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Posts tagged introvert

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As an introvert, you can be your own best friend or your own worst enemy. The good news is, we generally like our own company, a quality that extroverts often envy. We find comfort in solitude and know how to soothe ourselves. Even our willingness to look at ourselves critically is often helpful.
Laurie Helgoe

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Socializing is as exhausting as giving blood. People assume we loners are misanthropes, just sitting thinking, ‘Oh, people are such a bunch of assholes,’ but it’s really not like that. We just have a smaller tolerance for what it takes to be with others. It means having to perform. I get so tired of communicating.
Anneli Rufus

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Extrovert, Introvert or Ambivert

1. Qualities and Traits of Extroverts

- Outgoing and sociable; may begin to feel down if they spend too time alone

- Active, energetic, enthusiastic and lively

- Expressive and affectionate

- Like adventure and new experiences

- Often seem courageous and confident

- Like to pursue a wide variety of interests

-  Spontaneous and impulsive

- May have a low boredom threshold

2. Qualities and Traits of Introverts

- Prefer to think more and talk less

- Prefer solitary to group activities; find it exhausting being around people all the time

- Dislike being centre stage

- Makes carefully thought out decisions (Like to have all the facts available, and have time to weigh up all the pros and cons)

- More subdued and less excitable; may appear to be lacking in energy and enthusiasm

- May seem shy, detached and hard to get to know

- Prefers to focus on a few key interests than to be involved in a lot of different things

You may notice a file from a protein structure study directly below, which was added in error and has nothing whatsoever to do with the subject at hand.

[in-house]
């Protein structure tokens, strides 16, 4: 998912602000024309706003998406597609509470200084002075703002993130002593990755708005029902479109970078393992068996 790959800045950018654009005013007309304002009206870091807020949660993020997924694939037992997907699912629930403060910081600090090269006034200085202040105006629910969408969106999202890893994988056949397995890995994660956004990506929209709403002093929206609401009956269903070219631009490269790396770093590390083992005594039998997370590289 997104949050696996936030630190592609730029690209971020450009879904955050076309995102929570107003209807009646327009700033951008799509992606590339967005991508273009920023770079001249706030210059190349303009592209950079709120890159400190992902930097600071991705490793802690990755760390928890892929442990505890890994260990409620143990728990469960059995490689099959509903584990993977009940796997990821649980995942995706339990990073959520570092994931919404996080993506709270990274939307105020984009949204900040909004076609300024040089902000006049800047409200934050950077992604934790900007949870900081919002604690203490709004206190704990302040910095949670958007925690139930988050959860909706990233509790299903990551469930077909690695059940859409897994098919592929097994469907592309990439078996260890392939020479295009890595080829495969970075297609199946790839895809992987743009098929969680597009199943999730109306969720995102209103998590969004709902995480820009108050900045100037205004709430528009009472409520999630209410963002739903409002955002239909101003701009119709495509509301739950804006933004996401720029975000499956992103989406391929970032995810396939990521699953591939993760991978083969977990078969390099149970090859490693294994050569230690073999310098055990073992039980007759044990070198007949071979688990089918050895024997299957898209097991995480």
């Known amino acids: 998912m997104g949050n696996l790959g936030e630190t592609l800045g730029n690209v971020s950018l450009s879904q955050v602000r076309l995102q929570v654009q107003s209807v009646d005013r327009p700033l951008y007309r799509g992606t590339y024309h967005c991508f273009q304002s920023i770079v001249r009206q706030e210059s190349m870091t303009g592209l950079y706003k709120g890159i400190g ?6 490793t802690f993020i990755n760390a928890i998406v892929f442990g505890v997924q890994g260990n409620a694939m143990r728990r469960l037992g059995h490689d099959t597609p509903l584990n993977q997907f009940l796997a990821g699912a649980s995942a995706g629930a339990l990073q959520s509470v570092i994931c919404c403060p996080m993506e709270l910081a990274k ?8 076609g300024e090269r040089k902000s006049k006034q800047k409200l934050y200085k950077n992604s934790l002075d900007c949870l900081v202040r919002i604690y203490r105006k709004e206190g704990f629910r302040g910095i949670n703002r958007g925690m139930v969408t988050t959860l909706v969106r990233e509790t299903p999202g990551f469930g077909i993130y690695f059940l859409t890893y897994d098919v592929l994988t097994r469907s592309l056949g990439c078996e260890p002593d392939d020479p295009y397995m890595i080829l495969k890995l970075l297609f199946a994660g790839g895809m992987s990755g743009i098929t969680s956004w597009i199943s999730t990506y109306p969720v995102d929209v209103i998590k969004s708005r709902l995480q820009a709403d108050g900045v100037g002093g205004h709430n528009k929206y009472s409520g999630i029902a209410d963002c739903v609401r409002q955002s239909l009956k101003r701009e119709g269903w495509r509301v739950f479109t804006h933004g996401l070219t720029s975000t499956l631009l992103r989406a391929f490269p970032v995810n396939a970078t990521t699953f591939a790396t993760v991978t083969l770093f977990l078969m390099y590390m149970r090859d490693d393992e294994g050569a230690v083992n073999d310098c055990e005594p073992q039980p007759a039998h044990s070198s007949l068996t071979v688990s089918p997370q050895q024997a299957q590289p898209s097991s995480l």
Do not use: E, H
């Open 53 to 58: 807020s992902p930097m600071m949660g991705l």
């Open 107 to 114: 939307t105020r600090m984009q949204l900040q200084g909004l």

- Are good at amusing themselves.

3. Qualities and Traits of Ambiverts

Although many individuals will tend to demonstrate either more extroverts or introverts personalities, many others will feel they are a mixture of the two. These types of people are known as ambiverts. That is, ambiverts display the traits of introverts in some situations, and extroverts in others.

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Some Curses of Being a Highly Sensitive Person

People who are highly sensitive, often struggle with the following:

1. They are easily overwhelmed, and often feel stressed through being overstimulated: That is, they often feel exhausted, stressed, worn out and worn down by processing so much detail - or through vicariously experiencing too much pain in the lives of others.

2. They are more personally affected by others’ emotions: Thus, they find it hard to detach themselves, or throw off the feelings and heartache of others. Instead, they tend to absorb anger, pain and distress when others  around them are experiencing these.  

3. They need more time and space for themselves: In order to restore their boundaries, to refresh their minds and renew their energy, highly sensitive people need to retreat, and to spend time alone. Unfortunately, others may jude them as being unsociable as they don’t understand their need to withdraw.

4. They may feel driven by unhealthy perfectionism: They often have unrealistic expectations, and are harsh, unforgiving and demanding of themselves. This is because they overanalyse, and worry about what other people think and want. (Related to this, many highly sensitive people also suffer from low self-esteem.)  

5. They may feel out of sync with the people around them: The western world values extroverted people who are confident, lively and highly sociable. This can add extra pressure to more sensitive people who are cautious, and careful of the judgments of others. They can also feel they’re seen as being too sensitive, or as too emotional, or not tough enough.